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How to create a Scalate IDE

We love awesome IDEs! :)

Scalate the IDE friendly template language

We specifically designed Scalate so that it should work amazingly well in an IDE since all expressions in the templates are Scala using static typing so that when you are editing a template the IDE knows all of the attributes and their types.

Your IDE should be capable of great completion and error checking; plus at edit time your IDE should know if you have made any typos in any of your expressions such as maybe getting the property name wrong on a bean you are displaying. Its very easy to make typos in templates!

Making it easier on the IDE hacker

Making great IDE plugins is a lot of work, but we hope we can cut some corners making great IDE plugins for Scalate because:

JSR 45 Support

Scalate adds JSR 45 metadata to the template classes that it generates. This means that, when running in Java a debugger, browsing through stack frames of generated template classes will take you to the template file instead of the generated scala file. This feature should also allow IDE implementors to create Ssp and Scaml editors which allow you to set debugging breakpoints in the templates.

Types in scope for the Scala language completion

Other than detecting when there is a Scala code block or expression in the Ssp and Scaml template languages, the main thing for the IDE to do is to configure which variables are available and their types for error checking and completion. Here's a break down…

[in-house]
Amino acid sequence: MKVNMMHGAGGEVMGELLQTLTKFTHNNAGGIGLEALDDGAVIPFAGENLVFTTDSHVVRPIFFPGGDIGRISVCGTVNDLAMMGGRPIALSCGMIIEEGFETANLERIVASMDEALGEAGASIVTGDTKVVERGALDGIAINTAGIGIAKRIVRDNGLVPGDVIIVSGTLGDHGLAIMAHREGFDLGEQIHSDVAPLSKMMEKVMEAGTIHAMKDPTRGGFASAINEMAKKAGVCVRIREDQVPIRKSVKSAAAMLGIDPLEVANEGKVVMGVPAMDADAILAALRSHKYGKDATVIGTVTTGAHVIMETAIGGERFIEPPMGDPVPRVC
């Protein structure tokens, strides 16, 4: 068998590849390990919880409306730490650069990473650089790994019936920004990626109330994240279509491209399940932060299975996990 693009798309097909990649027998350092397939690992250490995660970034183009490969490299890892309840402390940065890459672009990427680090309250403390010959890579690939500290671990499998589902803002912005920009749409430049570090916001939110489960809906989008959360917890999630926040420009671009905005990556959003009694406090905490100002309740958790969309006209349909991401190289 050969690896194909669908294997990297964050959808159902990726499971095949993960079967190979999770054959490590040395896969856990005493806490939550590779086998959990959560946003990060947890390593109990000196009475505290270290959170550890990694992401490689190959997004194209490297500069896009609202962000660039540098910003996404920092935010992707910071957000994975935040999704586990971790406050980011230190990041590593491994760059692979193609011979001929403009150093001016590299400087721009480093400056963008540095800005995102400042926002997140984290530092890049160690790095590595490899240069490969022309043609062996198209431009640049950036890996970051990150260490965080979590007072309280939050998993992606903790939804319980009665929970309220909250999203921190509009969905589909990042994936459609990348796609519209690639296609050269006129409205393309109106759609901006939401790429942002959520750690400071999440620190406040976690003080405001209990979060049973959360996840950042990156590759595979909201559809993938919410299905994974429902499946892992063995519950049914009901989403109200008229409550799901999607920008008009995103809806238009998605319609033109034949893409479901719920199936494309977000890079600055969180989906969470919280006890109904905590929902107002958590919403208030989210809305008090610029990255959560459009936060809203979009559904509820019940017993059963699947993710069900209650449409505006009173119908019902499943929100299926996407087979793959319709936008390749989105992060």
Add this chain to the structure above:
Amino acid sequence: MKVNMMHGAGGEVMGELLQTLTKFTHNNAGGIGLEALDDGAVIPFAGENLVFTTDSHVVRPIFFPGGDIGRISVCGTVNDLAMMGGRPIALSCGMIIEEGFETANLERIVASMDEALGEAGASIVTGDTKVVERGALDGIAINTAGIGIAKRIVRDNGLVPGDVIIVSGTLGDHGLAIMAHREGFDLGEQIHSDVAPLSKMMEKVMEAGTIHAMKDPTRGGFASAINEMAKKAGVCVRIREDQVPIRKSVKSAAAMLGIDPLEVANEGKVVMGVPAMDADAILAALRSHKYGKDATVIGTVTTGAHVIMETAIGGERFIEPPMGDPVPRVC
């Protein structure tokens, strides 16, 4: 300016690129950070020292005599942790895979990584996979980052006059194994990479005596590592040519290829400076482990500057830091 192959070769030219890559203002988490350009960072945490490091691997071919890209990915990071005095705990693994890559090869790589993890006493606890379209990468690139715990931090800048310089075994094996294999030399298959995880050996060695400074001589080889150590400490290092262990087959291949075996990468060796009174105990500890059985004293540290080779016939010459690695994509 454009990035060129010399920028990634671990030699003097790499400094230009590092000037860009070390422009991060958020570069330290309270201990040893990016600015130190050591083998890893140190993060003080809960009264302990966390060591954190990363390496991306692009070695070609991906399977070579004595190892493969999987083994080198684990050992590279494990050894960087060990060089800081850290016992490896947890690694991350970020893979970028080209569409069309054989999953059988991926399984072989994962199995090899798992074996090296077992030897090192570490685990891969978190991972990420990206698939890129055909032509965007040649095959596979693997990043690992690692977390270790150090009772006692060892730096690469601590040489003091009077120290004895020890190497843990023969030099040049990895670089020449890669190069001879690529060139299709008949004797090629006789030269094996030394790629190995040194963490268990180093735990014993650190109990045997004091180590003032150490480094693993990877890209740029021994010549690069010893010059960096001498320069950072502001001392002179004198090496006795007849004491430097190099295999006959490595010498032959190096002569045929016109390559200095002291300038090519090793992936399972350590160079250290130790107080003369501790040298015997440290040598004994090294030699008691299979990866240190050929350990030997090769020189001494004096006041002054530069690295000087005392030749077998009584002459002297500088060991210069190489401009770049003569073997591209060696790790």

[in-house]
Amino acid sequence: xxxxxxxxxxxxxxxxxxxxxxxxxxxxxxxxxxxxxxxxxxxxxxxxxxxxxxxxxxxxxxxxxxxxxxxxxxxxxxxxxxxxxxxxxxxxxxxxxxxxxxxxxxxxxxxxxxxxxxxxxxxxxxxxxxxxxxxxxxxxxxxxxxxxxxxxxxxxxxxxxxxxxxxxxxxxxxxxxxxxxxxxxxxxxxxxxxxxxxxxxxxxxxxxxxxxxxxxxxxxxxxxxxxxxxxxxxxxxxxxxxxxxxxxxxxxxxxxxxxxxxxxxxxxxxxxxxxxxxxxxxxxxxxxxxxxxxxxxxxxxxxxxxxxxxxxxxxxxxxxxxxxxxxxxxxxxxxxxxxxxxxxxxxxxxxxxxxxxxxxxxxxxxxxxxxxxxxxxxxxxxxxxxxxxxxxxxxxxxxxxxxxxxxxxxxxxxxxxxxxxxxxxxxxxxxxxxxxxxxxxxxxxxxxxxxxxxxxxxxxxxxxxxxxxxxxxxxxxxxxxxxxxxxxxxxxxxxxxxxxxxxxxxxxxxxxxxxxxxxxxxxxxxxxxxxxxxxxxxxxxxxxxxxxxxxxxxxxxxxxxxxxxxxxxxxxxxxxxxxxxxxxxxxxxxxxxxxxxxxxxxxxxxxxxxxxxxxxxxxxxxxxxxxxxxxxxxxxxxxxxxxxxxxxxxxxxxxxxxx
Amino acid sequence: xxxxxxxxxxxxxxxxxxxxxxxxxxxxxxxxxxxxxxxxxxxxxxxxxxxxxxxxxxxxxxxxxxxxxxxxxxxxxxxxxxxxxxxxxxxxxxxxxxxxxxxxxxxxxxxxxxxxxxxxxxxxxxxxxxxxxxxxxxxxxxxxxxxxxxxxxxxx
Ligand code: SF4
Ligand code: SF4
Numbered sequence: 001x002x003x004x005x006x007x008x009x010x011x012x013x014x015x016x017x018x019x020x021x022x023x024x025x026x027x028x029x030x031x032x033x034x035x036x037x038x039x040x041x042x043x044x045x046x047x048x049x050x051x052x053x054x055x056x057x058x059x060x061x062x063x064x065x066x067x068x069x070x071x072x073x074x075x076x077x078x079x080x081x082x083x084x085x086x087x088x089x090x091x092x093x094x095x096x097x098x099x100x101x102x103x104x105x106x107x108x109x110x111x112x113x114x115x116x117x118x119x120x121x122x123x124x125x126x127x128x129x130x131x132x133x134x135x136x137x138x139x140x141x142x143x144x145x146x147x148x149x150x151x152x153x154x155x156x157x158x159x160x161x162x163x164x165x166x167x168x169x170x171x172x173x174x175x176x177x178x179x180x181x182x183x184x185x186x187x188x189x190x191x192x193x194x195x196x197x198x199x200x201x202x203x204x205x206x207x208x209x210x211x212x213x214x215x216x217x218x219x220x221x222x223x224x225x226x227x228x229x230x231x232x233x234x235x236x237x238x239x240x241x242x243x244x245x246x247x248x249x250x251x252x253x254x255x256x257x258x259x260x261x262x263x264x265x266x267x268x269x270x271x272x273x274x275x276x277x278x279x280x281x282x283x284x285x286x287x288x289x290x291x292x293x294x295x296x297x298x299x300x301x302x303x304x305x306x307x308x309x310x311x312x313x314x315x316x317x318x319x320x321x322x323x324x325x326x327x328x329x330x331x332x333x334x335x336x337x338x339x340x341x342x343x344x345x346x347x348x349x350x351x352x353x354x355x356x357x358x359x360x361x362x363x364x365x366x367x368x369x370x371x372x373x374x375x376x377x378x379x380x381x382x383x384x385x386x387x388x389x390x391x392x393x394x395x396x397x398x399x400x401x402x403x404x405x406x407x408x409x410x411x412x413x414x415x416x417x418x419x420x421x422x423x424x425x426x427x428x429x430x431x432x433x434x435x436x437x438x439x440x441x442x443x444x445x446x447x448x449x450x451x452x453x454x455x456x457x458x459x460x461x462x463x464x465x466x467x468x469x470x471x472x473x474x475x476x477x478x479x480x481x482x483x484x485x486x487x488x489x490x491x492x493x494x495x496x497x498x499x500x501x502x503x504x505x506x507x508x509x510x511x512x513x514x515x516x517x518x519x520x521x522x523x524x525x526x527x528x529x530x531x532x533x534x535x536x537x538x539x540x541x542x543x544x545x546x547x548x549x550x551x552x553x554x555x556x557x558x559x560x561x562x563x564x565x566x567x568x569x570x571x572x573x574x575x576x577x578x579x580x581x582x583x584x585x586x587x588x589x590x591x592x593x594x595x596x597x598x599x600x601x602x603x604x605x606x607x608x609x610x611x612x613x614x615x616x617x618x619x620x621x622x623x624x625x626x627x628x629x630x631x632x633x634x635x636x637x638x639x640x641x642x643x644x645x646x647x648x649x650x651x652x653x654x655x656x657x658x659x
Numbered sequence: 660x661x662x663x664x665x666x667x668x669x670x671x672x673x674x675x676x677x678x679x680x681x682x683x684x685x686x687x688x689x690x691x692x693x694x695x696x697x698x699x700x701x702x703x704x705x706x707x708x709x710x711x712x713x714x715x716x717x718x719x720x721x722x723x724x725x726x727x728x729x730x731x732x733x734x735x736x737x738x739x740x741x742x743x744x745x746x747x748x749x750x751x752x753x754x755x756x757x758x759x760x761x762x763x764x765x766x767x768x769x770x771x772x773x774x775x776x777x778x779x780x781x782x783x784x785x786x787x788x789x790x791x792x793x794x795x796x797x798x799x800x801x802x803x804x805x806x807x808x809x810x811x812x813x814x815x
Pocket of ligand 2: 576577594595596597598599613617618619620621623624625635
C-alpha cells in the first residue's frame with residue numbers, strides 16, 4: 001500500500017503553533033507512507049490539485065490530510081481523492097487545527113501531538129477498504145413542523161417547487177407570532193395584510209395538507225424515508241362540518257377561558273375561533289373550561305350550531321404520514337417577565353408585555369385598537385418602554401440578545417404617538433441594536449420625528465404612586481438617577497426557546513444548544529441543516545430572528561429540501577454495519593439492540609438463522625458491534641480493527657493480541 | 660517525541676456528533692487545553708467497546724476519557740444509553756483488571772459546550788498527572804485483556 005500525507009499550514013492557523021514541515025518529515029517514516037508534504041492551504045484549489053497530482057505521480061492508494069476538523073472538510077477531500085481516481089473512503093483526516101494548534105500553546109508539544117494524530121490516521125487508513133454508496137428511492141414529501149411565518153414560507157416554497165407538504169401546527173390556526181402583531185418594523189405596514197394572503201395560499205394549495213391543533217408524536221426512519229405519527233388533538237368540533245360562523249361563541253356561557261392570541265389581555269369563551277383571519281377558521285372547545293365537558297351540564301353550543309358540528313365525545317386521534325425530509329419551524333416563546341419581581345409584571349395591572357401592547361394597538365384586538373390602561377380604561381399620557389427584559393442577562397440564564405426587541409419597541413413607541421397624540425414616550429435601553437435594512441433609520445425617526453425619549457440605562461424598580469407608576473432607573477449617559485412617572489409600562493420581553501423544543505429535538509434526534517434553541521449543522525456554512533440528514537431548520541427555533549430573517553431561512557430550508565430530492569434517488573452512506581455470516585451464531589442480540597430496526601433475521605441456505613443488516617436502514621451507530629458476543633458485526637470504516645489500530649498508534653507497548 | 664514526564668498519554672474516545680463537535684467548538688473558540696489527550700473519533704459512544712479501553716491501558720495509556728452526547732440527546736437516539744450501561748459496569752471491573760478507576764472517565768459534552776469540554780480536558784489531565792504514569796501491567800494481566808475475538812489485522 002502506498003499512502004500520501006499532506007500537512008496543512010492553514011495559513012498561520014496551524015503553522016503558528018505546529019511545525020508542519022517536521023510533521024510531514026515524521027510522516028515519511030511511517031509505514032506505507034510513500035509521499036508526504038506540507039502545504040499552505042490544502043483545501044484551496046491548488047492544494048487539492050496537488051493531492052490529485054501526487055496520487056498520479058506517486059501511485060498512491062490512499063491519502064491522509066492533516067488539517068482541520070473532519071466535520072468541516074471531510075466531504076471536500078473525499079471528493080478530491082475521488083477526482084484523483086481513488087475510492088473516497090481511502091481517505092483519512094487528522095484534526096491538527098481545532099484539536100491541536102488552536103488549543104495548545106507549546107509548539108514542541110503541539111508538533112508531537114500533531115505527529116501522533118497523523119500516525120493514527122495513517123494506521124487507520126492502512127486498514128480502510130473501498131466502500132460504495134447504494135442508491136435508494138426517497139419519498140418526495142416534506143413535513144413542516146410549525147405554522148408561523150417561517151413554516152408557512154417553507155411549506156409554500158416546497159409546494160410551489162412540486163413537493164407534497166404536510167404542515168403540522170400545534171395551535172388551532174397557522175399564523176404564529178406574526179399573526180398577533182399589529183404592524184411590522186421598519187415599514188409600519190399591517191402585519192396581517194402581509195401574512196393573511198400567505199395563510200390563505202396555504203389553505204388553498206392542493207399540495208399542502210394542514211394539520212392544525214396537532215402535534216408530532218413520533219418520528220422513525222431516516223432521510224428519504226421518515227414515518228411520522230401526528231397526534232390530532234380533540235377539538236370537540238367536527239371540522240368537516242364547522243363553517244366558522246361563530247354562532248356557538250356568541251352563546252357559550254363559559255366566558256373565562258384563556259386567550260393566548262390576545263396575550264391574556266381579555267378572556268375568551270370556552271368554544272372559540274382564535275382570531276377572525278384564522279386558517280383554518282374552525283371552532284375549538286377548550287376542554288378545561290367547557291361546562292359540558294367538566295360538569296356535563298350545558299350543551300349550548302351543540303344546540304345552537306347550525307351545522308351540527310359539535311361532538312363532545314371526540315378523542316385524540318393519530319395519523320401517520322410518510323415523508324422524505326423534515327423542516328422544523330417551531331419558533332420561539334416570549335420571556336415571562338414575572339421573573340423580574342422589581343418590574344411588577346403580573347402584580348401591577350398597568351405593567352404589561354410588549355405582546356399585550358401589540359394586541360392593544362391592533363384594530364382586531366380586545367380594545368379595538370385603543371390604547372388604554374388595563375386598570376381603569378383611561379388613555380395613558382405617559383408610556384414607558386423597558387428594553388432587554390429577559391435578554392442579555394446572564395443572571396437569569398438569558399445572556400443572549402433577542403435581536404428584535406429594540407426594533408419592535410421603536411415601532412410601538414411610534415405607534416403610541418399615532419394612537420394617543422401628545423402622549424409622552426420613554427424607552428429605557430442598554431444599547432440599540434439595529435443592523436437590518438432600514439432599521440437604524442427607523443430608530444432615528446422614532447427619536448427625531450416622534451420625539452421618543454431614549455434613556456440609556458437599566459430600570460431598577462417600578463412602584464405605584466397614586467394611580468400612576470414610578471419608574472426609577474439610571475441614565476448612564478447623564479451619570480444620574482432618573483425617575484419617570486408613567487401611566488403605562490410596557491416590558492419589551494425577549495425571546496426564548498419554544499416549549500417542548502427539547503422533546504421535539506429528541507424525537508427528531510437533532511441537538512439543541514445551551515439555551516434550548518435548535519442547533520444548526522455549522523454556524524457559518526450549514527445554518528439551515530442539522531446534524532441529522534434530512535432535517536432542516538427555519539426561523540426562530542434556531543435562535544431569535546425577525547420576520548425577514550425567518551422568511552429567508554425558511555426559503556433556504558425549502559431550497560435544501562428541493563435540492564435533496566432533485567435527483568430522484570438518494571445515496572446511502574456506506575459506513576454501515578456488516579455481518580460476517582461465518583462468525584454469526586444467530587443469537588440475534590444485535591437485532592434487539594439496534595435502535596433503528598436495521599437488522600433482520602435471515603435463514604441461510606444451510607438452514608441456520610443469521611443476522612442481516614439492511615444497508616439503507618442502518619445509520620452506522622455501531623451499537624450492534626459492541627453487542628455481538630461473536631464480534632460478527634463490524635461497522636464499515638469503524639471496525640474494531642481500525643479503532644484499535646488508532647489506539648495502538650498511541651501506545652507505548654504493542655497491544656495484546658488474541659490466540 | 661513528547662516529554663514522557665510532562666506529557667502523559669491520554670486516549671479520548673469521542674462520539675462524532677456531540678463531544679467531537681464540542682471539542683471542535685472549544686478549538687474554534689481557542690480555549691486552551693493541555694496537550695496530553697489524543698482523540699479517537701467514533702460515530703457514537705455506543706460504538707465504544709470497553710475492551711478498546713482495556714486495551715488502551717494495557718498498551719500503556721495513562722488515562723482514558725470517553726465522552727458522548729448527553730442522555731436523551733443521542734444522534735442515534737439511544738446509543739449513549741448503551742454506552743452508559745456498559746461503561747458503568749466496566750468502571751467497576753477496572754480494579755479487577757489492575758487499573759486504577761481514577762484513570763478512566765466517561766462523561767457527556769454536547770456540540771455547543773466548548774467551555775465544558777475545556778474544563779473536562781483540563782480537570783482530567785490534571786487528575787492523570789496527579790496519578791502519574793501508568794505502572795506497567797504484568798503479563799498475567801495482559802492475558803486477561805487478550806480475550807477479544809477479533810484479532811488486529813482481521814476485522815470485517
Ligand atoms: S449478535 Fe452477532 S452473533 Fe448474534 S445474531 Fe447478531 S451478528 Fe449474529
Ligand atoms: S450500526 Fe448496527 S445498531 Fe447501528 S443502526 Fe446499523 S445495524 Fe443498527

For example the following Ssp script:

<%@ val bar: String = "this is the default value" %>
<%@ import val foo: Customer %>
<p>hello there ${name} and ${bar}</p>

could be considered to mean the following scala code (using << to refer to rendering output)

def render(context: ServletRenderContext, 
           bar: String = "this is the default value", 
           foo: Customer): Unit = {

  import context._
  import foo._
  << "<p> hello there"
  << name
  << " and "
  << bar
  << "</p>"

The purpose of the above isn't to give a faithful representation of how output is generated (its similar to the above but you could always look at the actual generated scala code in WEB-INF/_scalate/src/foo.ssp.scala to see for sure) - its more to show what variables are in context for the purpose of compiler warnings and method completion.

So in the above the “name” expression is resoved by the foo variable's import for example.

We're here to help!

If you are considering hacking an IDE plugin for Scalate we're more than happy to help you out, please get in touch! Many thanks!